8. Obtain Tax ID Numbers
Employer Identification Numbers (EIDs), or tax ID numbers, operate similarly to social security numbers, but for businesses instead of individual people. They allow you to pay taxes, withhold employee taxes, and receive tax returns.
You will need a federal EIN if your business:
Uses a tax-deferred pension plan
Withholds employee taxes
Operates as a corporation of partnership
Files tax returns for employment, excise, or alcohol, tobacco, and firearms
Although the state of Texas does not usually have a state tax for businesses or individuals, you are still required to register for a state EID in most cases. Fortunately, the processes of obtaining federal and state tax ID numbers are similar and easy to follow.
9. Apply for Licenses and Permits
In Texas, general business licenses are not required. However, certain industries are regulated by the state government; if your business operates in one of these industries, you will likely need a license or permit. Industries requiring licenses and permits in Texas can be found here.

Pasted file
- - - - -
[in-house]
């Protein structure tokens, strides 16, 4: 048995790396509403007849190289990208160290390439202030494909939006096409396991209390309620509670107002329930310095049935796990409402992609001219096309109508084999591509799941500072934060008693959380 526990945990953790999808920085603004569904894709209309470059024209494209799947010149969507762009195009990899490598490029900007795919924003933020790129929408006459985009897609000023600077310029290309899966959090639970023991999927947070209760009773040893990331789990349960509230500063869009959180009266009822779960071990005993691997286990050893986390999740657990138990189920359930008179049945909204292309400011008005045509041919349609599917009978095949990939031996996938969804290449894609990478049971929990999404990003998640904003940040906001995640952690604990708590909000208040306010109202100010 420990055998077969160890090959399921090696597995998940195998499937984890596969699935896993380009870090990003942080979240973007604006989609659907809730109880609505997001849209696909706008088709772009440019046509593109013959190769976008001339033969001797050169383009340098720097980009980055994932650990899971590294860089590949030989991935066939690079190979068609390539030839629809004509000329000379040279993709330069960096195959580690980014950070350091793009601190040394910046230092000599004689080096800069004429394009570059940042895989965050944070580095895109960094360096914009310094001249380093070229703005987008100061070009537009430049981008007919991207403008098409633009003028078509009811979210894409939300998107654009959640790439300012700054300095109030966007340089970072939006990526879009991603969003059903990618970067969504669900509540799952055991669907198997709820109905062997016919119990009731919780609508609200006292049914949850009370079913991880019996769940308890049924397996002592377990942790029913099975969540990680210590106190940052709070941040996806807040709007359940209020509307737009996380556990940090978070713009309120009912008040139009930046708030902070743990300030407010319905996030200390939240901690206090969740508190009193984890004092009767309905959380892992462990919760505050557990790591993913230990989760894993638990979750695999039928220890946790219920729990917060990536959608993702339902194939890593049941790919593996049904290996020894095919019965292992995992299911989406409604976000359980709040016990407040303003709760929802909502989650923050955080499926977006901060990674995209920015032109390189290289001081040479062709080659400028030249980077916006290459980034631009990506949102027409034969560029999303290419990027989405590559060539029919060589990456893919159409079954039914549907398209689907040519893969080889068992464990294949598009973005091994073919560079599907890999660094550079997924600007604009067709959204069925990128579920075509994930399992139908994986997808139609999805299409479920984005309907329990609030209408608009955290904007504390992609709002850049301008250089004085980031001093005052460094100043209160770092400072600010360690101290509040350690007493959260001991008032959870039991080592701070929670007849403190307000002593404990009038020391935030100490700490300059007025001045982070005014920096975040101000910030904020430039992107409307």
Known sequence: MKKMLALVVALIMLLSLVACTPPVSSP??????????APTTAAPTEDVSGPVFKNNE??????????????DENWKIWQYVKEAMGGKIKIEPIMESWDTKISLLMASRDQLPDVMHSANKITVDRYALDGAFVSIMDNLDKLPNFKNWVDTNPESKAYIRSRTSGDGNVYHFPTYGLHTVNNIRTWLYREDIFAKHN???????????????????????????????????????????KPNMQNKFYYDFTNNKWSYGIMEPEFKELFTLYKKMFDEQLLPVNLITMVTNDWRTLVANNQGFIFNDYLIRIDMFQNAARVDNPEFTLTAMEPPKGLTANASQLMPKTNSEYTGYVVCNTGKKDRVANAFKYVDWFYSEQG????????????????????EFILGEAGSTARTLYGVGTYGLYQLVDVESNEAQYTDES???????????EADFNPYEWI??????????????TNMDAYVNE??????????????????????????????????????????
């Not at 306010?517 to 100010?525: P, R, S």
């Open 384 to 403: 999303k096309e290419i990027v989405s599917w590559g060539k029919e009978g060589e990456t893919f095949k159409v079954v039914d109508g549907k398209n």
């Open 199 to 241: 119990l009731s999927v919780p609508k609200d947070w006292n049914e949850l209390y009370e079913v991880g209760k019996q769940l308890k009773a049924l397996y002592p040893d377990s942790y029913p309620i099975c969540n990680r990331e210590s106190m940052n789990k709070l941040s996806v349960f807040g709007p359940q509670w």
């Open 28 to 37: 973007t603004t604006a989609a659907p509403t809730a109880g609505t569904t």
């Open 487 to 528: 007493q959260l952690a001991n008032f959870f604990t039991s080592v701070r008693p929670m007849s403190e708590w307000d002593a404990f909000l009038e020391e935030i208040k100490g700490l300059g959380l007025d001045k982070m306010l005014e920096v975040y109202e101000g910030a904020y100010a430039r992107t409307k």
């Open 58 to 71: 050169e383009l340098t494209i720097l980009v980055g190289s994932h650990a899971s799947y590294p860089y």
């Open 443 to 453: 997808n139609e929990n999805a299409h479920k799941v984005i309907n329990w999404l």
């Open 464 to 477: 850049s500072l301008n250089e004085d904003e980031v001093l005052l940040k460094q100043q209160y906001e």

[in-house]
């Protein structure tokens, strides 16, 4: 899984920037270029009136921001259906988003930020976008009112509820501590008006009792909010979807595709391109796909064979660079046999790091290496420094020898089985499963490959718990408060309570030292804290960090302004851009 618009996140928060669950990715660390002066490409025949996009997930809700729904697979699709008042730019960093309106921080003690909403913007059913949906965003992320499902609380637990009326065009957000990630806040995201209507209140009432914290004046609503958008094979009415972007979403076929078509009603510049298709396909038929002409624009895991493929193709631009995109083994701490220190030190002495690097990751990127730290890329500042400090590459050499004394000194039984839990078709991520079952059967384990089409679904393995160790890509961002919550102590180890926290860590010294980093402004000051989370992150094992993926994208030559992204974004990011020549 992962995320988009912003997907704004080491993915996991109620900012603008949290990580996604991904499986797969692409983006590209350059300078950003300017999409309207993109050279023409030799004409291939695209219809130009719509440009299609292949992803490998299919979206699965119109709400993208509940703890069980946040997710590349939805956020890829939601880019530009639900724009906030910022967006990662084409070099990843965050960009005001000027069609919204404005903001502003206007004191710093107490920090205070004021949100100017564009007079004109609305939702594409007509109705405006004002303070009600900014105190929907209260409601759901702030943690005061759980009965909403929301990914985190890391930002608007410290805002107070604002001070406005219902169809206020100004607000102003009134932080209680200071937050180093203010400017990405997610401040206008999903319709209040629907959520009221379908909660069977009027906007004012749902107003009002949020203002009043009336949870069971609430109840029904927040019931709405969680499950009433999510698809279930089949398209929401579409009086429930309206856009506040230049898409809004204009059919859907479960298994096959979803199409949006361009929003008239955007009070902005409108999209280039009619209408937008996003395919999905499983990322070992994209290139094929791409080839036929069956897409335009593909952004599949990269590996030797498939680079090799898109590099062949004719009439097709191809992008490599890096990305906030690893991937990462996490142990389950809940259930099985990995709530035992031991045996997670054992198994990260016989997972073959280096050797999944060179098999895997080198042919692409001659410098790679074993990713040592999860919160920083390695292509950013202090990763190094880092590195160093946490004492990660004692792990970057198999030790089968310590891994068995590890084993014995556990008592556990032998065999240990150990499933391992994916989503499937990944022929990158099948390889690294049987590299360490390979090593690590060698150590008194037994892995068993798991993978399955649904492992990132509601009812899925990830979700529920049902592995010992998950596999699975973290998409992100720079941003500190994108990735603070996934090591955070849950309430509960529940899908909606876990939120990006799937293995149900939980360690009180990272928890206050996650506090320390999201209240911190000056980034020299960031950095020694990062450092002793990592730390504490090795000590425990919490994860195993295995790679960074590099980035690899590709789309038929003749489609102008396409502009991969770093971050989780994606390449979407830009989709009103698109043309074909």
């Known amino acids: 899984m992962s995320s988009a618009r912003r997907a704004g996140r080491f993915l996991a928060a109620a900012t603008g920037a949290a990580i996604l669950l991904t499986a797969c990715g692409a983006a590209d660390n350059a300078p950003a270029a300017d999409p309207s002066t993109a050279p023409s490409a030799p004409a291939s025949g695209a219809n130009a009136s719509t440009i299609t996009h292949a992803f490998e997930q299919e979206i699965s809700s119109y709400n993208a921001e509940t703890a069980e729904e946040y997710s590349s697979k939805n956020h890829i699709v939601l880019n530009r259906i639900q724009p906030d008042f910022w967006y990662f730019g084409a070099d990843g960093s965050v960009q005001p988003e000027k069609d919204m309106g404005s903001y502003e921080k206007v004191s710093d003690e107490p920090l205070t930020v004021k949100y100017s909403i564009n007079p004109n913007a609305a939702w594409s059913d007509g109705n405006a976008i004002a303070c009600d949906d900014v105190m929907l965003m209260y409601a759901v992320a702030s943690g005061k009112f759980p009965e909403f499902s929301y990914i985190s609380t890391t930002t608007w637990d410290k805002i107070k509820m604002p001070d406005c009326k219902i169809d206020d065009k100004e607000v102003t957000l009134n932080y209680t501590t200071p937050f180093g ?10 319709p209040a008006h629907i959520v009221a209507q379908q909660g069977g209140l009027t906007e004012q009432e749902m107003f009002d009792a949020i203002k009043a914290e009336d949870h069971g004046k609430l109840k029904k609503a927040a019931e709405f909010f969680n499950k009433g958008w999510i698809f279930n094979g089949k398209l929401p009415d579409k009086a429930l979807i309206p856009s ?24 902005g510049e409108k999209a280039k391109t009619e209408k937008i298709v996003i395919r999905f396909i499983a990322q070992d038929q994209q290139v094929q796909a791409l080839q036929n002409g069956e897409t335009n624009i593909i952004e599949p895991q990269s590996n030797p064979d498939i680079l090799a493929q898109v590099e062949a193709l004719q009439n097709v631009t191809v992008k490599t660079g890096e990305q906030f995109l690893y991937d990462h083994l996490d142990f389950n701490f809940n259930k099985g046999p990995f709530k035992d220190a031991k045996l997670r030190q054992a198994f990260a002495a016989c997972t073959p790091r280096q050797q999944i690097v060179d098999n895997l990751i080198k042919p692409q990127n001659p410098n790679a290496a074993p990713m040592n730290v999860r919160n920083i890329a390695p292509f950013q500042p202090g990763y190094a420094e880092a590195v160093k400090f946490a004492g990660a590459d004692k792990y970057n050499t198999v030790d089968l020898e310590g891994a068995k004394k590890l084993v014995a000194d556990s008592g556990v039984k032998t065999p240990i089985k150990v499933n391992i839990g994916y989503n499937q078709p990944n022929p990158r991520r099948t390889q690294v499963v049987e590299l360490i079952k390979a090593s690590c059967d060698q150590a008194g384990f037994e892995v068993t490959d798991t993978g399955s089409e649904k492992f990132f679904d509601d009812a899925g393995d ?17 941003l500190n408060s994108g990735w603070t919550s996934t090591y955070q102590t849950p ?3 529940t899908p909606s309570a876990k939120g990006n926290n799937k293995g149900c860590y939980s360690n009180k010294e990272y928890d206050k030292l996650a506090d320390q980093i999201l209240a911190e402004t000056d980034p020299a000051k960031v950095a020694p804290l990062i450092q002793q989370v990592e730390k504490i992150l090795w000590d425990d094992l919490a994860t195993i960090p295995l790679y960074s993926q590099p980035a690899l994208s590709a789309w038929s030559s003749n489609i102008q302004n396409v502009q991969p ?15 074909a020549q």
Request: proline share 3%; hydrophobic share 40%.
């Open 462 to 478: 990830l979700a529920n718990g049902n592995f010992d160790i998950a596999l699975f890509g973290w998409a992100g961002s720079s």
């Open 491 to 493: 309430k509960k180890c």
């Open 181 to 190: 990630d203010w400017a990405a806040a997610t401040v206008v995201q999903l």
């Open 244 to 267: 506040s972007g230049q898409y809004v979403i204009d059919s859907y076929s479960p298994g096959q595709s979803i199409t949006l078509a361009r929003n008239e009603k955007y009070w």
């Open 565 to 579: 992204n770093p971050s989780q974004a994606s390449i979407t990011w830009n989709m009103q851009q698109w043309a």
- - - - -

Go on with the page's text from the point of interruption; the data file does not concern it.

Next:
At the federal level, you will also need a license or permit to run a business in an industry regulated by a federal agency, such as:
Firearms, explosives, and ammunition
Fish and wildlife
Mining and drilling
Radio and television broadcasting
Transportation and logistics
10. Open a Business Bank Account
Before spending or receiving any money under the name of your business, you should open business bank accounts. You can do this as soon as you have your federal EIN.
Business checking and savings accounts offer perks that personal bank accounts do not, such as:
Protection. Keeping your business funds separate from your personal funds offers limited liability protection.
Professionalism. Customers will be able to make checks out to your business instead of to you personally, which helps build a professional business image and reputation. Business accounts also allow you to assign financial management responsibilities to employees instead of having to handle them yourself.
Preparedness. Most banks offer you the option to open a line of credit as needed, which can save you in an emergency.
Purchasing power. Credit card purchases under the name of your business will help you establish your business’ credit history.
Take Advantage of the Benefits of Coworking for Small Businesses
If you are a small business owner, freelancer, entrepreneur, or startup, see if coworking is right for you by scheduling a free tour at Venture X Dallas by the Galleria today.